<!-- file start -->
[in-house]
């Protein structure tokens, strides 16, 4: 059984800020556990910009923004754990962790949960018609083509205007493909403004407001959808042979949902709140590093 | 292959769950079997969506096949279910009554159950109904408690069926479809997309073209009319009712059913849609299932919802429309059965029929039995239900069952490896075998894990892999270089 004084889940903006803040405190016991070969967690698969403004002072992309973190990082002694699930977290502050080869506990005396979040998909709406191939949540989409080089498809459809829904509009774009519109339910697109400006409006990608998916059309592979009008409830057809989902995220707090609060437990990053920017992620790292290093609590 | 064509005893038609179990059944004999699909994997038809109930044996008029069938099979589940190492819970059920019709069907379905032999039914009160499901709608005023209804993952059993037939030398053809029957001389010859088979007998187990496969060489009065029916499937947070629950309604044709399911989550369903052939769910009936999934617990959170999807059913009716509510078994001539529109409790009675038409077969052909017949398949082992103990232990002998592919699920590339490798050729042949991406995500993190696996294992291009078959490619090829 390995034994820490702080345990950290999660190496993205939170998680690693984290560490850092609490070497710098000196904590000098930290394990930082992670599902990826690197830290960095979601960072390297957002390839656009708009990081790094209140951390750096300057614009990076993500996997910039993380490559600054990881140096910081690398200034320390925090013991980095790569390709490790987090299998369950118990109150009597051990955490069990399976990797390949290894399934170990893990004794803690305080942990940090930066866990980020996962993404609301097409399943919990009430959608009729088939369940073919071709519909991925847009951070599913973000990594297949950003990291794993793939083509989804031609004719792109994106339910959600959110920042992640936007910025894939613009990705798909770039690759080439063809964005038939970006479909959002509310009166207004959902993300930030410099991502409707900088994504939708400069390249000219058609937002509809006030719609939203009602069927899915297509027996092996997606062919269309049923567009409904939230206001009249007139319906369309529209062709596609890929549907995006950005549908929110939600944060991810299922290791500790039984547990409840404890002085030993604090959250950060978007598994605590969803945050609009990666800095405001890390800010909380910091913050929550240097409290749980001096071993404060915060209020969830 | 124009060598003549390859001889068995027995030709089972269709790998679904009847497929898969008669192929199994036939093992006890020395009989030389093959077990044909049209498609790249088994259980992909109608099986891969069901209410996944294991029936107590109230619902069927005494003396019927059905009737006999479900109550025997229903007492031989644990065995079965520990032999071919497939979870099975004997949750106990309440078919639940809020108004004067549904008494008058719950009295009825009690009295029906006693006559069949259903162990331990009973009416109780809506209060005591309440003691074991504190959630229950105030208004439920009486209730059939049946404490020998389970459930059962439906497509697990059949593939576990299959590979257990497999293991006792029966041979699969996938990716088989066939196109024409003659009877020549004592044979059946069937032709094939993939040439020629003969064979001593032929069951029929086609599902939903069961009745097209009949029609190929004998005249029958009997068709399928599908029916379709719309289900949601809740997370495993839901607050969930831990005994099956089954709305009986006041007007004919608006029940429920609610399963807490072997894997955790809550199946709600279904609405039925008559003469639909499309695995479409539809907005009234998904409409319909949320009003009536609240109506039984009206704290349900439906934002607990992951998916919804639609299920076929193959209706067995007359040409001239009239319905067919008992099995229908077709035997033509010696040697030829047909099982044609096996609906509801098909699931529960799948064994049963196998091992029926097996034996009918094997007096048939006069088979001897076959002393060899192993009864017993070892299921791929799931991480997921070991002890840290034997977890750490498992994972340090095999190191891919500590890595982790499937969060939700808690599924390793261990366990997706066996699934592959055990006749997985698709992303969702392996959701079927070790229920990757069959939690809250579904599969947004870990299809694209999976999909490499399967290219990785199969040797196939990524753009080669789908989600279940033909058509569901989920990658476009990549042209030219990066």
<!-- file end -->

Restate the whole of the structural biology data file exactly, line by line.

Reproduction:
[in-house]
């Protein structure tokens, strides 16, 4: 059984800020556990910009923004754990962790949960018609083509205007493909403004407001959808042979949902709140590093 | 292959769950079997969506096949279910009554159950109904408690069926479809997309073209009319009712059913849609299932919802429309059965029929039995239900069952490896075998894990892999270089 004084889940903006803040405190016991070969967690698969403004002072992309973190990082002694699930977290502050080869506990005396979040998909709406191939949540989409080089498809459809829904509009774009519109339910697109400006409006990608998916059309592979009008409830057809989902995220707090609060437990990053920017992620790292290093609590 | 064509005893038609179990059944004999699909994997038809109930044996008029069938099979589940190492819970059920019709069907379905032999039914009160499901709608005023209804993952059993037939030398053809029957001389010859088979007998187990496969060489009065029916499937947070629950309604044709399911989550369903052939769910009936999934617990959170999807059913009716509510078994001539529109409790009675038409077969052909017949398949082992103990232990002998592919699920590339490798050729042949991406995500993190696996294992291009078959490619090829 390995034994820490702080345990950290999660190496993205939170998680690693984290560490850092609490070497710098000196904590000098930290394990930082992670599902990826690197830290960095979601960072390297957002390839656009708009990081790094209140951390750096300057614009990076993500996997910039993380490559600054990881140096910081690398200034320390925090013991980095790569390709490790987090299998369950118990109150009597051990955490069990399976990797390949290894399934170990893990004794803690305080942990940090930066866990980020996962993404609301097409399943919990009430959608009729088939369940073919071709519909991925847009951070599913973000990594297949950003990291794993793939083509989804031609004719792109994106339910959600959110920042992640936007910025894939613009990705798909770039690759080439063809964005038939970006479909959002509310009166207004959902993300930030410099991502409707900088994504939708400069390249000219058609937002509809006030719609939203009602069927899915297509027996092996997606062919269309049923567009409904939230206001009249007139319906369309529209062709596609890929549907995006950005549908929110939600944060991810299922290791500790039984547990409840404890002085030993604090959250950060978007598994605590969803945050609009990666800095405001890390800010909380910091913050929550240097409290749980001096071993404060915060209020969830 | 124009060598003549390859001889068995027995030709089972269709790998679904009847497929898969008669192929199994036939093992006890020395009989030389093959077990044909049209498609790249088994259980992909109608099986891969069901209410996944294991029936107590109230619902069927005494003396019927059905009737006999479900109550025997229903007492031989644990065995079965520990032999071919497939979870099975004997949750106990309440078919639940809020108004004067549904008494008058719950009295009825009690009295029906006693006559069949259903162990331990009973009416109780809506209060005591309440003691074991504190959630229950105030208004439920009486209730059939049946404490020998389970459930059962439906497509697990059949593939576990299959590979257990497999293991006792029966041979699969996938990716088989066939196109024409003659009877020549004592044979059946069937032709094939993939040439020629003969064979001593032929069951029929086609599902939903069961009745097209009949029609190929004998005249029958009997068709399928599908029916379709719309289900949601809740997370495993839901607050969930831990005994099956089954709305009986006041007007004919608006029940429920609610399963807490072997894997955790809550199946709600279904609405039925008559003469639909499309695995479409539809907005009234998904409409319909949320009003009536609240109506039984009206704290349900439906934002607990992951998916919804639609299920076929193959209706067995007359040409001239009239319905067919008992099995229908077709035997033509010696040697030829047909099982044609096996609906509801098909699931529960799948064994049963196998091992029926097996034996009918094997007096048939006069088979001897076959002393060899192993009864017993070892299921791929799931991480997921070991002890840290034997977890750490498992994972340090095999190191891919500590890595982790499937969060939700808690599924390793261990366990997706066996699934592959055990006749997985698709992303969702392996959701079927070790229920990757069959939690809250579904599969947004870990299809694209999976999909490499399967290219990785199969040797196939990524753009080669789908989600279940033909058509569901989920990658476009990549042209030219990066």